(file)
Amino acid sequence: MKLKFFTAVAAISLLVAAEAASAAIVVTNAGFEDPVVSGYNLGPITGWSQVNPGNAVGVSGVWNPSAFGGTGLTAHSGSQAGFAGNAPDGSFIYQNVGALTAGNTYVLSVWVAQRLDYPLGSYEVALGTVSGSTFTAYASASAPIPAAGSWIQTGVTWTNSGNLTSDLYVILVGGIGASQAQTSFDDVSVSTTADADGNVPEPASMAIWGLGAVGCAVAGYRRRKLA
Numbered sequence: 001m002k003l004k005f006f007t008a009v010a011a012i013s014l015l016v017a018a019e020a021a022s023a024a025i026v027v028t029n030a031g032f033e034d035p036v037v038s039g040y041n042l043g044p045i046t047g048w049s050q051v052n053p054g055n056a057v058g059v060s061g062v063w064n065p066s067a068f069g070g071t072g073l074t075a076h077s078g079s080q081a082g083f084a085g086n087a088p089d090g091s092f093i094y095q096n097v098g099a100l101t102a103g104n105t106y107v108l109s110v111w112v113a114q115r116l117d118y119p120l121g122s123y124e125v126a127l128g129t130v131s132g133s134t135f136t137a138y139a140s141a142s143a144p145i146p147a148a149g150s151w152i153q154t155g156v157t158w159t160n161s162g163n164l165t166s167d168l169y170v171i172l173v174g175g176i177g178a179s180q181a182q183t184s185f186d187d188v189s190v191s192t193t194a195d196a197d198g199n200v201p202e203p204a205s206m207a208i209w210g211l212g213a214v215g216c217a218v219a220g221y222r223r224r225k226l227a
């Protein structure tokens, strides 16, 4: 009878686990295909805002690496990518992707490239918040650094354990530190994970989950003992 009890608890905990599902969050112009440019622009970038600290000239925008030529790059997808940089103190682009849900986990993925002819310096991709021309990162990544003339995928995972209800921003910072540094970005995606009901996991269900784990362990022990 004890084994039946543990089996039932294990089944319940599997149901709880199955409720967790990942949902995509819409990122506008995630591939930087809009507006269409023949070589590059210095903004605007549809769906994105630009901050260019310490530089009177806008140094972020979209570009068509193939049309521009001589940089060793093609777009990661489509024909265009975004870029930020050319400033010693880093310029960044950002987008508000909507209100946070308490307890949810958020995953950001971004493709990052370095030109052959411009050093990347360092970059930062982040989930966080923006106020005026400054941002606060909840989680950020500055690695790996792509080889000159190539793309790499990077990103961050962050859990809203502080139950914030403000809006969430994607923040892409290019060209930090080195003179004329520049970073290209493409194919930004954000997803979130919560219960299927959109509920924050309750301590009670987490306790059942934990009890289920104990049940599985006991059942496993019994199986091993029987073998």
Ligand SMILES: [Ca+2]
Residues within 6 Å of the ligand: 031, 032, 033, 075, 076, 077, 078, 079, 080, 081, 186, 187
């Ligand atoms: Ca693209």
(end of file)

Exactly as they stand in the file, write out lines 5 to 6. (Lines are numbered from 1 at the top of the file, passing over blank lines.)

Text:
Residues within 6 Å of the ligand: 031, 032, 033, 075, 076, 077, 078, 079, 080, 081, 186, 187
């Ligand atoms: Ca693209």